Alternatively, the blanket insulation can be installed in multiple layers which combine to fill the full depth of the wall girt 24. In this embodiment (not shown), a first layer of insulation, which need not be laminated to a facing, and which has a thickness less than the full depth of the girt cavity, for example two thirds the depth, is installed horizontally from the interior of the building between the wall girts. The first layer may be held in place by adhesive applied by spray or hand to the back of the exterior cladding 22. Alternatively, mechanical insulation hangers might be applied to the wall girts 24 to hold the insulation in place. The second layer (which is the innermost layer in this example) is then installed as shown in the Figures, with the innermost layer taking the form of the integrally faced/laminated vapor barrier insulation 40, and having a thickness to fill the girt cavity when combined with the first layer. As above, the innermost layer is installed with the interior facing 30 facing the interior of the building.
In a preferred embodiment, the integrally faced/laminated vapor barrier insulation 40 is formed to have facing flaps 44, 46 of the interior facing 30 along both of the side edges of the roll of blanket insulation 40. The facing flaps 44, 46 are sections of the interior facing 30 which are not adhered or not laminated to the insulation material. These facing flaps 44, 46 assist in sealing over the wall girts 24, and in sealing to the base channels 25, eave purlins 39 and C-channels 36. In an exemplary embodiment, the side edge of the roll of insulation 40 which forms the bottom edge once installed is formed with approximately 3 inches of interior facing 30 extending beyond the edge of the insulation 40 to form the bottom facing flap 44. The size of the bottom facing flap 44 may vary but will generally be sufficient to cover the down flange 24 b of the wall girt 24. A range of 1 to 6 inches may be used. On the other side of the roll of insulation, the interior facing 30 is not adhered or not laminated to the insulation material for about 3 inches or formed as a flap extending beyond the edge of the insulation (a range of 1 to 6 inches may be used) to form the top facing flap 46 once installed. As best viewed in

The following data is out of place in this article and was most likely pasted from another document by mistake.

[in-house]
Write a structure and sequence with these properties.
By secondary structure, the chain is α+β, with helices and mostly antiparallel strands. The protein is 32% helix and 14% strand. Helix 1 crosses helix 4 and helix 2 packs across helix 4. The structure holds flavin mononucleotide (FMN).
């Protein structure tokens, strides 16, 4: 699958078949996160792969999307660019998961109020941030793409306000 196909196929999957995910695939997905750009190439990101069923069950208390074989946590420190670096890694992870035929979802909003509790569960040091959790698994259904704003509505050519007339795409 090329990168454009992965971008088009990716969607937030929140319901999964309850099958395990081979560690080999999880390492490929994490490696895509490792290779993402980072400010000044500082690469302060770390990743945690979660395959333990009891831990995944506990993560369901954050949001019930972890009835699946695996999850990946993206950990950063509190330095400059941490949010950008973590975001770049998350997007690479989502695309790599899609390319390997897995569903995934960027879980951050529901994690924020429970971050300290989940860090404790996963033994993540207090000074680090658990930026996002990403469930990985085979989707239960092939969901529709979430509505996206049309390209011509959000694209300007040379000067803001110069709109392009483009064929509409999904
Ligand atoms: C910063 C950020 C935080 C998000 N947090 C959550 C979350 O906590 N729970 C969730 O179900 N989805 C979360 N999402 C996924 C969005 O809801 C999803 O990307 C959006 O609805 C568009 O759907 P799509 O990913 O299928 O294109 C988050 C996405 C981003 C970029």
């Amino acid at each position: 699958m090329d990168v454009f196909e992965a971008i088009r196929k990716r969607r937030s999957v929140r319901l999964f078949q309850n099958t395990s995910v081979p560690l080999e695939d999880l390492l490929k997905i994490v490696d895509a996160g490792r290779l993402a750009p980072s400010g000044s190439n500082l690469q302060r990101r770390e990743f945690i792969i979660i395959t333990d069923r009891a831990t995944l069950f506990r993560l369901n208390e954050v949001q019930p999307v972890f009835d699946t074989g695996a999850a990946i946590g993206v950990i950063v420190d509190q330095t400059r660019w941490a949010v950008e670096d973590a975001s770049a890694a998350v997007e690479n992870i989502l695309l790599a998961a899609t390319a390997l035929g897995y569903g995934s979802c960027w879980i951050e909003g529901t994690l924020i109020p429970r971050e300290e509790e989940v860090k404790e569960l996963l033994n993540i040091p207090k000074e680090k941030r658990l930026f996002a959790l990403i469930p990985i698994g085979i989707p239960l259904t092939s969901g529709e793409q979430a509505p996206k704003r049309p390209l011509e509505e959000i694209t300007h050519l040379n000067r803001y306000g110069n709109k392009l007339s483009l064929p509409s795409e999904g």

These lap seals 48 can be sealed for examples using a butyl or double-sided tape 32 a (see
As shown in
In alternate embodiments where blanket insulation 40 is used without the specialized facing flaps 44, 46, the thermal lap seals 48 might be formed by taping over the wall girts to the vapor barriers located above and below.